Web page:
As part of our #FoodFuture project we’re asking how we can deliver truly sustainable food systems. We’re listening to farmers, consumers, policymakers, businesses, NGOs, academics and others. By listening and working together, we will create a better future. This month we’re looking at the active lifestyles and we spoke to Udo Herz, President of Specialised Nutrition Europe, to tell us more.
Our lives have recently changed with the pandemic. More than ever, physical activity has now emerged as a key mental and physical health aspect. In the context of lockdowns and restrictions, sport offers us the opportunity to release pressure and to maintain our physical and mental wellbeing.
We are proud that Specialised Nutrition Europe (SNE) is a nutrition partner to the European Week of Sport (23-30 September), a European Commission initiative to promote sport and physical activity among European citizens. Through this partnership, we confirm our commitment to the promotion of physical activity, to inspire people and help them building a healthier and active lifestyle.
Physical activity touches upon many apsects of our life and health. In that sense, we welcome the inclusion of health promotion through access to healthy diets and physical activity in the recently published Europe’s Beating Cancer Plan, acknowledging the essential role that sports plays for our health. Along with maintaining a balanced diet, taking part in regular exercise helps to keep us healthy. It is well known that physical inactivity is a leading risk factor in global mortality.
How are sports foods used?
Today, sports foods are used by millions of professional and amateur athletes as well as sports enthusiasts across Europe. Sport nutrition fuels the body needs to support the physical activity, facilitating the repair and rebuilding process following the physical activity, and optimizing the performance. Sporting people and athletes have very specific nutritional needs including more micronutrients, intense hydration, and higher energy, protein, and sodium intake. Sports nutrition products are specially formulated for exactly this purpose, to help sportswomen and sportsmen meet their full potential before, during and after physical exercise.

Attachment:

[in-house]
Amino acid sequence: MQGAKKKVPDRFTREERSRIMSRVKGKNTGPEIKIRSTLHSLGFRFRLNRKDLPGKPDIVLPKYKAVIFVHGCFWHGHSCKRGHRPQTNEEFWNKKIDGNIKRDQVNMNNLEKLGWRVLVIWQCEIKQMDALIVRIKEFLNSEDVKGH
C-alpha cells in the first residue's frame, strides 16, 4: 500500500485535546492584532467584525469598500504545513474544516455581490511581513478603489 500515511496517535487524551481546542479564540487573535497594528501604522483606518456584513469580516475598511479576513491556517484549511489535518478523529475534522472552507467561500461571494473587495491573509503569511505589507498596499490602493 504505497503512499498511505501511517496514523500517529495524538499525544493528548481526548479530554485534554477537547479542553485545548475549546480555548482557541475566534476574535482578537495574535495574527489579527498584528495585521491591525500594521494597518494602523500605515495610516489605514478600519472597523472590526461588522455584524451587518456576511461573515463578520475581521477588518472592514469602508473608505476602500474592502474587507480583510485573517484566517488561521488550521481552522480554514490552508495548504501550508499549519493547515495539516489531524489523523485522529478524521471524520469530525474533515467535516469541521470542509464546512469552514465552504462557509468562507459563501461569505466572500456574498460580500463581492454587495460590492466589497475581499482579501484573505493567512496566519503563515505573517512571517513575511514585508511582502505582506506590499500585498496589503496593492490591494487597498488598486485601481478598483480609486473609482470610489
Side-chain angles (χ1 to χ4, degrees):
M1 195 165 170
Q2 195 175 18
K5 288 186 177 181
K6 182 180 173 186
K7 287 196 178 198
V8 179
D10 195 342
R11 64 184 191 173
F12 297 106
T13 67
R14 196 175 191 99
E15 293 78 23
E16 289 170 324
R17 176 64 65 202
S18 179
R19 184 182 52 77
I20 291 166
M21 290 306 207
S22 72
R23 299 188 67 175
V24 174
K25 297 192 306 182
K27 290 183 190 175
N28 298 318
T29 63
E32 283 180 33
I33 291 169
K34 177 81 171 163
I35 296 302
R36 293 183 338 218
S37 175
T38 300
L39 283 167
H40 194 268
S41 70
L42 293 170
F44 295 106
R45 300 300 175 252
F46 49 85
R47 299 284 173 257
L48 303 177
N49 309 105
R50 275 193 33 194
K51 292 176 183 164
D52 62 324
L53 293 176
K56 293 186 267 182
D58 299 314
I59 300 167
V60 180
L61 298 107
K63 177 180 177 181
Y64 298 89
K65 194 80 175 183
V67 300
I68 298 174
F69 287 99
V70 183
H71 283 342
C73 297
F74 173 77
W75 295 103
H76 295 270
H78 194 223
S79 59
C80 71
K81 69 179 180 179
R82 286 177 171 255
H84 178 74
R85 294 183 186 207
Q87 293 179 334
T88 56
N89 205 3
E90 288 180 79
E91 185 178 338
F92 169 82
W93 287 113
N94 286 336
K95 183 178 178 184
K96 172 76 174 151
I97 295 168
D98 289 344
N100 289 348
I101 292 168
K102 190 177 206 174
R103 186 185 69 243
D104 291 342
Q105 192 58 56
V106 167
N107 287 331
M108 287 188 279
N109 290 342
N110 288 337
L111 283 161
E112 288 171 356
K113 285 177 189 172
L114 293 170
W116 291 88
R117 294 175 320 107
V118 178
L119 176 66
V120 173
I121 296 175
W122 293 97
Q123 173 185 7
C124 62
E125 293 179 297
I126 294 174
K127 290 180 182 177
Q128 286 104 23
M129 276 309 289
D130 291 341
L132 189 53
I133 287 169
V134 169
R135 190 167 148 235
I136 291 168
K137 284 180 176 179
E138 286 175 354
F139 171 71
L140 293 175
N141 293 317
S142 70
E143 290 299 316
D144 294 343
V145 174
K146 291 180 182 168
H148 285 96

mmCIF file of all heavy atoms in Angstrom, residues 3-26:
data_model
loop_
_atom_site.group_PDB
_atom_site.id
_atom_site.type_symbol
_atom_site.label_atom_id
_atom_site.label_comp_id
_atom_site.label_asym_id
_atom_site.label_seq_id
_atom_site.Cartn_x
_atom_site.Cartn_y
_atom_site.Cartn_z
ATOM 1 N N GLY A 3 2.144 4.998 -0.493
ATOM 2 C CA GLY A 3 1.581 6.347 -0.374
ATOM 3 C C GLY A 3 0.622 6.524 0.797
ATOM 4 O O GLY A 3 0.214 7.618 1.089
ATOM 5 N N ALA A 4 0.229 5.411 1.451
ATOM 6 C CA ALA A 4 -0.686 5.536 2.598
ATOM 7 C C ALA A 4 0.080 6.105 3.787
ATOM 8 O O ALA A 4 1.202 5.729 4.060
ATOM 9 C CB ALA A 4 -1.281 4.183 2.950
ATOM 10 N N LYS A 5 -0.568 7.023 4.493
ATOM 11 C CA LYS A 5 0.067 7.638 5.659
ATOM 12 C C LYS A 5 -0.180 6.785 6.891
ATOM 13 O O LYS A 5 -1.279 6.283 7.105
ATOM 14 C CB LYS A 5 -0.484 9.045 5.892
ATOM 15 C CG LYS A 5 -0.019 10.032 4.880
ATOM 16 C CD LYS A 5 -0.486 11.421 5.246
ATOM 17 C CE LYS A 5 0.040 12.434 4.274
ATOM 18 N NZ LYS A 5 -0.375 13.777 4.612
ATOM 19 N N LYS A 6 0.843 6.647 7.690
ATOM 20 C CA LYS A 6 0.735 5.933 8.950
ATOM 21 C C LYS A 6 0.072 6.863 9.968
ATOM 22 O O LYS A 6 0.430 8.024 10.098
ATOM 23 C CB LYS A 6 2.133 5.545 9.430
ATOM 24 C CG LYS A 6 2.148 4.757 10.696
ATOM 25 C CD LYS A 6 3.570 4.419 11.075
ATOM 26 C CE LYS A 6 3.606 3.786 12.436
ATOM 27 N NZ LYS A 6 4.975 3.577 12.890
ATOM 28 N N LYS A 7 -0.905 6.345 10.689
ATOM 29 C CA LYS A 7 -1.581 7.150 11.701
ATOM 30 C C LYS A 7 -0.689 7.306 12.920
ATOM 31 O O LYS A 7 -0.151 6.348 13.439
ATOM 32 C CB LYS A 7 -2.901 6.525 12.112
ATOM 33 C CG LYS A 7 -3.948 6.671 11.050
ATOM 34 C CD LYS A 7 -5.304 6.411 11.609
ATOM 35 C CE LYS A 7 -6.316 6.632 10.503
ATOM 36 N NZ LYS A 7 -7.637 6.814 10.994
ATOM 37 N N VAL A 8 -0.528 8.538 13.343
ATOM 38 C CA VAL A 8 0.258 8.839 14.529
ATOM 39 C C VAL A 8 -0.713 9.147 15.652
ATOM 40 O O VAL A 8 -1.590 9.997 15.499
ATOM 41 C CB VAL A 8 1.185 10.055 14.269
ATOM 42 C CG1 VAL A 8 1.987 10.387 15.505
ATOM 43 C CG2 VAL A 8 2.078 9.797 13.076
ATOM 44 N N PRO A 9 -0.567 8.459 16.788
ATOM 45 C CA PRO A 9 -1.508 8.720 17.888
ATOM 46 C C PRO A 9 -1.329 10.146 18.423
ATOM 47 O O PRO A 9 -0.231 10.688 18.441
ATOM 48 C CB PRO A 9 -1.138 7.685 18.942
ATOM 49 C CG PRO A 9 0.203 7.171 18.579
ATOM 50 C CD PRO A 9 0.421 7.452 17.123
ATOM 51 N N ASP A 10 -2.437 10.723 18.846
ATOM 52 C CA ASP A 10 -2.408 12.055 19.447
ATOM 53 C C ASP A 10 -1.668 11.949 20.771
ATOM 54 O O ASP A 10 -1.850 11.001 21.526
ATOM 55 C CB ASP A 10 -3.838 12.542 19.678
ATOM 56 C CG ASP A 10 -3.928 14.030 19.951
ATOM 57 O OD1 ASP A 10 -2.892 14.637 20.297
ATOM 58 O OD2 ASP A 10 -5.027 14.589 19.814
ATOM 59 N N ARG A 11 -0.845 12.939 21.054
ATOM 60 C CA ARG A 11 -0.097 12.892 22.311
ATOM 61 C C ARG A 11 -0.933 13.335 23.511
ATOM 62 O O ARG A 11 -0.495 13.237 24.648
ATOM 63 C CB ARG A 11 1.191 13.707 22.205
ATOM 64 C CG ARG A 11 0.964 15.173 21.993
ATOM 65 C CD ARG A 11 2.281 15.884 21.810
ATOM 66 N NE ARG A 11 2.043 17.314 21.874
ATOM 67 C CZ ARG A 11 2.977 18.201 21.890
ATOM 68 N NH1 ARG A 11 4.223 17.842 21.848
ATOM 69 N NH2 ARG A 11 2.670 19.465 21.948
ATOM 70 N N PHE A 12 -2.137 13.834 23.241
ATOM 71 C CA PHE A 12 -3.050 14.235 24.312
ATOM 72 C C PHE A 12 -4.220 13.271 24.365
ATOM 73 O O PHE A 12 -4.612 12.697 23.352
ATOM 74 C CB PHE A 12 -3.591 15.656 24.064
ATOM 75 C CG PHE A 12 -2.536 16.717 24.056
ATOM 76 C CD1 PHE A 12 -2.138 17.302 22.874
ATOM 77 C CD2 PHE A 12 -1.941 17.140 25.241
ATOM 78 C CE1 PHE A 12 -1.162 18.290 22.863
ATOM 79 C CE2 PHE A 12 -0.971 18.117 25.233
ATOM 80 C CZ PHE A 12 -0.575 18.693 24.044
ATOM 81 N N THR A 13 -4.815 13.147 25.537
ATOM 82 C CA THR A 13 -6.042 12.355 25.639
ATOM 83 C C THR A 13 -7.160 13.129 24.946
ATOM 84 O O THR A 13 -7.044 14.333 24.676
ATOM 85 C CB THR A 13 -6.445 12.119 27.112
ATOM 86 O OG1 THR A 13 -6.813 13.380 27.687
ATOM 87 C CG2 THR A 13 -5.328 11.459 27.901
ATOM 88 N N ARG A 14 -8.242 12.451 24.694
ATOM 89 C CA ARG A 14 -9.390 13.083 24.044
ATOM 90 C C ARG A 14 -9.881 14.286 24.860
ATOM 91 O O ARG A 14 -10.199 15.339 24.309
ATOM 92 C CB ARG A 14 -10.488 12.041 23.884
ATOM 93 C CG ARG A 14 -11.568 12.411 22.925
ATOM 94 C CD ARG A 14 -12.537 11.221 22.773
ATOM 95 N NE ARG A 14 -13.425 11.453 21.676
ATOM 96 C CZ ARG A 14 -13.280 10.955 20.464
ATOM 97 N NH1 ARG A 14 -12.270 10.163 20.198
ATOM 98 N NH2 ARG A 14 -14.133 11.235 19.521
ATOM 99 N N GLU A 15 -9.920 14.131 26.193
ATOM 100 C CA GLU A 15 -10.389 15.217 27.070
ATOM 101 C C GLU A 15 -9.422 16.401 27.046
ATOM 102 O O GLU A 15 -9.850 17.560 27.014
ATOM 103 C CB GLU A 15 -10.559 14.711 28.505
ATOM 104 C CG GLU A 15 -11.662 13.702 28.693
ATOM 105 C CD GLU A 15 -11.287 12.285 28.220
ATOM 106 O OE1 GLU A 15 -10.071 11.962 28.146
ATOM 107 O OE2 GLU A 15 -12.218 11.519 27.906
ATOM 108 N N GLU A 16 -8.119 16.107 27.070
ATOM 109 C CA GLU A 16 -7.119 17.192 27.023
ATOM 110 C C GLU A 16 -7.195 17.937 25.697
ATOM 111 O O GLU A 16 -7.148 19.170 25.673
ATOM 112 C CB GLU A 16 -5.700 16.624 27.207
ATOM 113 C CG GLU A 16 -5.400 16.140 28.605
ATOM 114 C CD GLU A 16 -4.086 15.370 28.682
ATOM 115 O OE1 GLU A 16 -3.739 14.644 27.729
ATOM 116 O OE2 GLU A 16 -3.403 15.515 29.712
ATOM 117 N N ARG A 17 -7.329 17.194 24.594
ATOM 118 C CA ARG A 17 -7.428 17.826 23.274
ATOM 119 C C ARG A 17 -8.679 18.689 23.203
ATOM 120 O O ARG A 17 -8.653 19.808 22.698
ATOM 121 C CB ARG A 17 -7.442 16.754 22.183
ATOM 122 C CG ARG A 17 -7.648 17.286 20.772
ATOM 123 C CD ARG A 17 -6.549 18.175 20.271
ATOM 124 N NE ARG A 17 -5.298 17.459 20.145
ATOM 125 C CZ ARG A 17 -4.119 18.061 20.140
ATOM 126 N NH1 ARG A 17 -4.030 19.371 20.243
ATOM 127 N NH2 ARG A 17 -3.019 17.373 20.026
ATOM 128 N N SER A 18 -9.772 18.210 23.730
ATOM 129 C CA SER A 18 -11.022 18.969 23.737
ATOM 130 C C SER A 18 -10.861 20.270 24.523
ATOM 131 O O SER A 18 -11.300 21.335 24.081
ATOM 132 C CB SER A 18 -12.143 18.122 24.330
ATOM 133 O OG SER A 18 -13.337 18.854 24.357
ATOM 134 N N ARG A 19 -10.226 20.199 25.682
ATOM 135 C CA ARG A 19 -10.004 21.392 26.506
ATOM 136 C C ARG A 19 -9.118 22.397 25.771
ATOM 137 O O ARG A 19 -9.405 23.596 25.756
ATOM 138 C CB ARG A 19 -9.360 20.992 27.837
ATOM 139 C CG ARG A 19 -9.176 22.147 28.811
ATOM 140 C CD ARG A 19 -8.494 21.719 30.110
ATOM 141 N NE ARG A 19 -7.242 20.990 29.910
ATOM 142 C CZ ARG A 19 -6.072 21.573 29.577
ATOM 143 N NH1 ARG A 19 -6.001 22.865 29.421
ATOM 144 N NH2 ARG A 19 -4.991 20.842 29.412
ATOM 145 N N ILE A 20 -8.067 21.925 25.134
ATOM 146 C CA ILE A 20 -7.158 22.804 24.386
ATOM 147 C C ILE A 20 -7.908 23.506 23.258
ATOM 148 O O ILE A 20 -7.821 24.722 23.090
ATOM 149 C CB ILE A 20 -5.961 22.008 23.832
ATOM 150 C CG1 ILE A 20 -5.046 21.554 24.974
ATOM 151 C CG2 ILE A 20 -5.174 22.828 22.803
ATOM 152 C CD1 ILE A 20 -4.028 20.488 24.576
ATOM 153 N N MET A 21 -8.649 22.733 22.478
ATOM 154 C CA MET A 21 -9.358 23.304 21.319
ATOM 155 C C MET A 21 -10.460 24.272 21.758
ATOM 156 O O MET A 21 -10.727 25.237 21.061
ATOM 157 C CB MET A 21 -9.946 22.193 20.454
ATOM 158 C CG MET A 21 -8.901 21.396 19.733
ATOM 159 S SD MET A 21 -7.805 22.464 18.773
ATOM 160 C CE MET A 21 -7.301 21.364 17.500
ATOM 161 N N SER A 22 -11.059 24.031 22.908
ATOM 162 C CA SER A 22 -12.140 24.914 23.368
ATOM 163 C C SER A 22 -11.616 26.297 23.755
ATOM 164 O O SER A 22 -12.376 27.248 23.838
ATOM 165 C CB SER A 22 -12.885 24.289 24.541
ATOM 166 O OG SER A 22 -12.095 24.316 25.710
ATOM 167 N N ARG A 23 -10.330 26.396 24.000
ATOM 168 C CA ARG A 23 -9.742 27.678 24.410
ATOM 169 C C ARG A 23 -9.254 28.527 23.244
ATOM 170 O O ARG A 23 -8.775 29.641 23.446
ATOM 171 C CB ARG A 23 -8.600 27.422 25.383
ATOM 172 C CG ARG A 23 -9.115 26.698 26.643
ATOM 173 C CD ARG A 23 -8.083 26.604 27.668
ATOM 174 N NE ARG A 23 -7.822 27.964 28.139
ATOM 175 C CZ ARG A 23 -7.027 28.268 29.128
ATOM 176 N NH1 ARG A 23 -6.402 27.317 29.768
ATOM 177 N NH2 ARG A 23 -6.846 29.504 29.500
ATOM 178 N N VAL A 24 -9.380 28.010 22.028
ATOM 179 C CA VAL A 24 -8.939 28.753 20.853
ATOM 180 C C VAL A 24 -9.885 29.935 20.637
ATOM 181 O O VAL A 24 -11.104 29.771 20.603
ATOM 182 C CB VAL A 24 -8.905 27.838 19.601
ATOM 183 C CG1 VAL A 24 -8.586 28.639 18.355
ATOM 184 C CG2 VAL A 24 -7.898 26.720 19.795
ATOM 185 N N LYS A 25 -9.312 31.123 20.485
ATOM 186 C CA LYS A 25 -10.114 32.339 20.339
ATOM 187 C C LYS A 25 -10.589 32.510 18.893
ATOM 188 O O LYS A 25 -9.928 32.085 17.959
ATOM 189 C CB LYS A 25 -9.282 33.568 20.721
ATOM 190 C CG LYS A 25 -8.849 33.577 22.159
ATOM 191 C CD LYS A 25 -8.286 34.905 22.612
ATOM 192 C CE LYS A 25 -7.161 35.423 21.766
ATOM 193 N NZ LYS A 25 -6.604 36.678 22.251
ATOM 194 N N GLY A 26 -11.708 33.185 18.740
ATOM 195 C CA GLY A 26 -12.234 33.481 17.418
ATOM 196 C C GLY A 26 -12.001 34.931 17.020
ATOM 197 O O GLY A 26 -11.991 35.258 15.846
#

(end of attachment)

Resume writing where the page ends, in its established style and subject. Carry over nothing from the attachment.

What are the different types of sports foods?
- Carbohydrate-rich energy food products
- Carbohydrate-electrolyte solutions
- Protein and protein components
- Supplements containing substances such as caffeine, amino acids or creatine.
Yet, the current EU legislative framework on general food does not consider the specificities of sports foods, preventing appropriate labelling and putting at risk its safe use. Without such adaptations, consumers will not have access to the information they need to use sport foods properly and safely.
Against this background, SNE welcomes the publication of the first-ever European wide standard to prevent the presence of doping substances in sports nutrition and food supplements (February 2021). From the very start of the discussions, our sector has been fully supportive of the development of this first-ever European wide standard to prevent the presence of doping substances in sports nutrition. We have been at the forefront to provide our expertise to build good development and manufacturing practices aimed at preventing the presence of prohibited substances in food intended for sportspeople.
This is a steppingstone to improve consumers’ information on doping in sports nutrition, delivering across Europe a common information for sports nutrition products complying with this new CEN standard.
We are also pleased to see that a definition of “foods intended for sportspeople” has been included in this standard.
SNE has been calling for the establishment of such a definition in the EU legislation for many years, as this is a pre-condition to recognise the specific nutritional needs of athletes and sportspeople.
We hope this will serve as a reference in upcoming EU discussions to ensure the safe use of sports nutrition and improve consumers’ information.